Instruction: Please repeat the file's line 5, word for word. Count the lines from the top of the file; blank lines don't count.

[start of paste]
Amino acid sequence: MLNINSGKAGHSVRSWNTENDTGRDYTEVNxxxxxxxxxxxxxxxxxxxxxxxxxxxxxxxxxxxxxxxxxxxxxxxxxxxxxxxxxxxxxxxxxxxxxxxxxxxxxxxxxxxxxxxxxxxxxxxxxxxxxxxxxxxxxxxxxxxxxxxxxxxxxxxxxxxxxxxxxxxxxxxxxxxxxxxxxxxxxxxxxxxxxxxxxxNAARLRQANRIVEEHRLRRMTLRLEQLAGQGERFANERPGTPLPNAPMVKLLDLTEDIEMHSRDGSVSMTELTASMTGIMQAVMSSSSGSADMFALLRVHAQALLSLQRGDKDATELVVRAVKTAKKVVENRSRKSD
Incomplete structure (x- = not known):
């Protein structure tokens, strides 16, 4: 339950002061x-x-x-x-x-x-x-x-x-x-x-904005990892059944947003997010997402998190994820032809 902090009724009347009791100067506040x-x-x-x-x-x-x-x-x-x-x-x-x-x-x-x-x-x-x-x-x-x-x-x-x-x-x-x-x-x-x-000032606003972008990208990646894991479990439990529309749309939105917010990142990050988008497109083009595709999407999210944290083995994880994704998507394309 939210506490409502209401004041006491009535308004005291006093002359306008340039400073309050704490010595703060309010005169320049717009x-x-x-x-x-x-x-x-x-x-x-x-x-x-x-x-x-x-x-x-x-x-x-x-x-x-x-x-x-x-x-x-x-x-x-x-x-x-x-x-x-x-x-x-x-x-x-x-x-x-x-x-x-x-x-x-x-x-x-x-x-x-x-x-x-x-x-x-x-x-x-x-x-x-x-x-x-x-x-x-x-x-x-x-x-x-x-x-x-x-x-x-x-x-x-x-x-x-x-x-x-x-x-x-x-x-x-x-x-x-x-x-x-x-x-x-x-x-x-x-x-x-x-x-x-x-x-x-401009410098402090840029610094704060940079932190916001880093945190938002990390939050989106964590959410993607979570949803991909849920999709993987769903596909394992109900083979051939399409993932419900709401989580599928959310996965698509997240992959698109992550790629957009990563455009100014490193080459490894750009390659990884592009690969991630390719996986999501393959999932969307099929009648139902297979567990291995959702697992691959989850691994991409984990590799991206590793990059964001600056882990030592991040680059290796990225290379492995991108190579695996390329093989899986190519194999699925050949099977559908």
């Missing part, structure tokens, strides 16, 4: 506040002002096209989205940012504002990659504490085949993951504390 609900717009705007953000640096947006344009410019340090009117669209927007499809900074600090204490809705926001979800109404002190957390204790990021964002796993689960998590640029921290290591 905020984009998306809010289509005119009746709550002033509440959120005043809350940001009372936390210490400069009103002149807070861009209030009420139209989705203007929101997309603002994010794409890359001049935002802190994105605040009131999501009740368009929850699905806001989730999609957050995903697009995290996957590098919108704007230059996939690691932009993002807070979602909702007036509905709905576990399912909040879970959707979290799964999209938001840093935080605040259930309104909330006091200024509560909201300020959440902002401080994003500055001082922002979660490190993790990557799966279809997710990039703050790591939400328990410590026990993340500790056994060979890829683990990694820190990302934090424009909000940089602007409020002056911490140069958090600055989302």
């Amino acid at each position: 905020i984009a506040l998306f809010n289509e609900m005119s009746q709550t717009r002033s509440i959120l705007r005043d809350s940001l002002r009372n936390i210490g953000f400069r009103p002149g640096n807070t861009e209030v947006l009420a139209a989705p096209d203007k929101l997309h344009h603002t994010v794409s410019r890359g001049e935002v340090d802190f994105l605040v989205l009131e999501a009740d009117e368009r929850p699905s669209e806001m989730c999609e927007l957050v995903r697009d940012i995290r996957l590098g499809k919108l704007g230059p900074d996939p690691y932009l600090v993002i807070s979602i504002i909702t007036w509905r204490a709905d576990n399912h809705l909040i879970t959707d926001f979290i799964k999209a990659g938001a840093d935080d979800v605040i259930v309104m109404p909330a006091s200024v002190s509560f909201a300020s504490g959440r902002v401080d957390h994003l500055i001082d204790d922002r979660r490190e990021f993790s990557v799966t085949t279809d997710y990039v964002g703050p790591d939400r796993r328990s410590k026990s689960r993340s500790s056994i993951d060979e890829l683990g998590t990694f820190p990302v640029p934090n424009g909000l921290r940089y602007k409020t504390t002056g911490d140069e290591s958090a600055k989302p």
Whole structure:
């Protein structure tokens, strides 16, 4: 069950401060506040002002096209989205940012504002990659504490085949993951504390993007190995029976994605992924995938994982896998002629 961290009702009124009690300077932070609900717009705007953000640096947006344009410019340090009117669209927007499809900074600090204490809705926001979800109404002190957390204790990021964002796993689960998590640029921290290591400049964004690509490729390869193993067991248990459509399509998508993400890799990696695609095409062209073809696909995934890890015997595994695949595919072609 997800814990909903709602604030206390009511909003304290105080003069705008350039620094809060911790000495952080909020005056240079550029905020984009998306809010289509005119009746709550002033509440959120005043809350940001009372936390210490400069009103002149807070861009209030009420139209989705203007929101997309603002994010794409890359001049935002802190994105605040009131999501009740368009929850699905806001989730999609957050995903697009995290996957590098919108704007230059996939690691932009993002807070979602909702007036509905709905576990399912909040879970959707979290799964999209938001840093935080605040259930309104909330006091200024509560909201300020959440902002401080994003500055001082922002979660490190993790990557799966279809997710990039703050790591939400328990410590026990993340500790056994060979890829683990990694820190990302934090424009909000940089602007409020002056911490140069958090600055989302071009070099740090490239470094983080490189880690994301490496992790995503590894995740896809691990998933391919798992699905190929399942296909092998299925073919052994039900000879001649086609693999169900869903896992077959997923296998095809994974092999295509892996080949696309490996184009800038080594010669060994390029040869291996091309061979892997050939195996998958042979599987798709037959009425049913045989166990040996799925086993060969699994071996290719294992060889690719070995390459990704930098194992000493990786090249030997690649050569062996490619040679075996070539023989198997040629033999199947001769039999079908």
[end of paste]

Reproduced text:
């Amino acid at each position: 905020i984009a506040l998306f809010n289509e609900m005119s009746q709550t717009r002033s509440i959120l705007r005043d809350s940001l002002r009372n936390i210490g953000f400069r009103p002149g640096n807070t861009e209030v947006l009420a139209a989705p096209d203007k929101l997309h344009h603002t994010v794409s410019r890359g001049e935002v340090d802190f994105l605040v989205l009131e999501a009740d009117e368009r929850p699905s669209e806001m989730c999609e927007l957050v995903r697009d940012i995290r996957l590098g499809k919108l704007g230059p900074d996939p690691y932009l600090v993002i807070s979602i504002i909702t007036w509905r204490a709905d576990n399912h809705l909040i879970t959707d926001f979290i799964k999209a990659g938001a840093d935080d979800v605040i259930v309104m109404p909330a006091s200024v002190s509560f909201a300020s504490g959440r902002v401080d957390h994003l500055i001082d204790d922002r979660r490190e990021f993790s990557v799966t085949t279809d997710y990039v964002g703050p790591d939400r796993r328990s410590k026990s689960r993340s500790s056994i993951d060979e890829l683990g998590t990694f820190p990302v640029p934090n424009g909000l921290r940089y602007k409020t504390t002056g911490d140069e290591s958090a600055k989302p």